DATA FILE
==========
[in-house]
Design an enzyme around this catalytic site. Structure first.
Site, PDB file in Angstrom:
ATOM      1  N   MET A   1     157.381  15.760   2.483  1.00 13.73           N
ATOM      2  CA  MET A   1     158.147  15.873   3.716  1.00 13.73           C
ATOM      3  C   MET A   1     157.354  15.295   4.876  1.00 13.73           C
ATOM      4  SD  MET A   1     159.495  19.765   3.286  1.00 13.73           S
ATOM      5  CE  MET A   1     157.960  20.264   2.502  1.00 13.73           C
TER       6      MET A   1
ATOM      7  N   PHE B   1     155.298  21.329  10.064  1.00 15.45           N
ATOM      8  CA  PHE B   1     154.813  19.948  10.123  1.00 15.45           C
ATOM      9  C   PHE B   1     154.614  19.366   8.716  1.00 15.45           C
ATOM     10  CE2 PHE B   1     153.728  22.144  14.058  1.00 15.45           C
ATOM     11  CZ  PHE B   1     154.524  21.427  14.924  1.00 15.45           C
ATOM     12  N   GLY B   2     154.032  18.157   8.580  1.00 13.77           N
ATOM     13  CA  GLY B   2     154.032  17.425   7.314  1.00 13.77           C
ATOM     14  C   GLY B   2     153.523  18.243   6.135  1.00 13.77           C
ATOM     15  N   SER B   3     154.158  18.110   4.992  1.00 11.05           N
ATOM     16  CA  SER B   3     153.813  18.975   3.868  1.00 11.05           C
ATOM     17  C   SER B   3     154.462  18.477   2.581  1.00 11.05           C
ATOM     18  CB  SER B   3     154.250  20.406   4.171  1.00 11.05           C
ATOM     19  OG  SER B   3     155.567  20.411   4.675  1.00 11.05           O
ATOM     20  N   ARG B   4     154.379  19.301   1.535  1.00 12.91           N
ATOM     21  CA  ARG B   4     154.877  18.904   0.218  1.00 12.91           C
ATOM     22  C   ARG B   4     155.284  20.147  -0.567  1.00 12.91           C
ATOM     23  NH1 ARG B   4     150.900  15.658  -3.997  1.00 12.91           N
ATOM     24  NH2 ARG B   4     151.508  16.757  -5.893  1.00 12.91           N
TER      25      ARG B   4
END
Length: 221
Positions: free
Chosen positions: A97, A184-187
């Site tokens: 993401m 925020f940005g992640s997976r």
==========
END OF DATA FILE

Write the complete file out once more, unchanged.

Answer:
[in-house]
Design an enzyme around this catalytic site. Structure first.
Site, PDB file in Angstrom:
ATOM      1  N   MET A   1     157.381  15.760   2.483  1.00 13.73           N
ATOM      2  CA  MET A   1     158.147  15.873   3.716  1.00 13.73           C
ATOM      3  C   MET A   1     157.354  15.295   4.876  1.00 13.73           C
ATOM      4  SD  MET A   1     159.495  19.765   3.286  1.00 13.73           S
ATOM      5  CE  MET A   1     157.960  20.264   2.502  1.00 13.73           C
TER       6      MET A   1
ATOM      7  N   PHE B   1     155.298  21.329  10.064  1.00 15.45           N
ATOM      8  CA  PHE B   1     154.813  19.948  10.123  1.00 15.45           C
ATOM      9  C   PHE B   1     154.614  19.366   8.716  1.00 15.45           C
ATOM     10  CE2 PHE B   1     153.728  22.144  14.058  1.00 15.45           C
ATOM     11  CZ  PHE B   1     154.524  21.427  14.924  1.00 15.45           C
ATOM     12  N   GLY B   2     154.032  18.157   8.580  1.00 13.77           N
ATOM     13  CA  GLY B   2     154.032  17.425   7.314  1.00 13.77           C
ATOM     14  C   GLY B   2     153.523  18.243   6.135  1.00 13.77           C
ATOM     15  N   SER B   3     154.158  18.110   4.992  1.00 11.05           N
ATOM     16  CA  SER B   3     153.813  18.975   3.868  1.00 11.05           C
ATOM     17  C   SER B   3     154.462  18.477   2.581  1.00 11.05           C
ATOM     18  CB  SER B   3     154.250  20.406   4.171  1.00 11.05           C
ATOM     19  OG  SER B   3     155.567  20.411   4.675  1.00 11.05           O
ATOM     20  N   ARG B   4     154.379  19.301   1.535  1.00 12.91           N
ATOM     21  CA  ARG B   4     154.877  18.904   0.218  1.00 12.91           C
ATOM     22  C   ARG B   4     155.284  20.147  -0.567  1.00 12.91           C
ATOM     23  NH1 ARG B   4     150.900  15.658  -3.997  1.00 12.91           N
ATOM     24  NH2 ARG B   4     151.508  16.757  -5.893  1.00 12.91           N
TER      25      ARG B   4
END
Length: 221
Positions: free
Chosen positions: A97, A184-187
């Site tokens: 993401m 925020f940005g992640s997976r």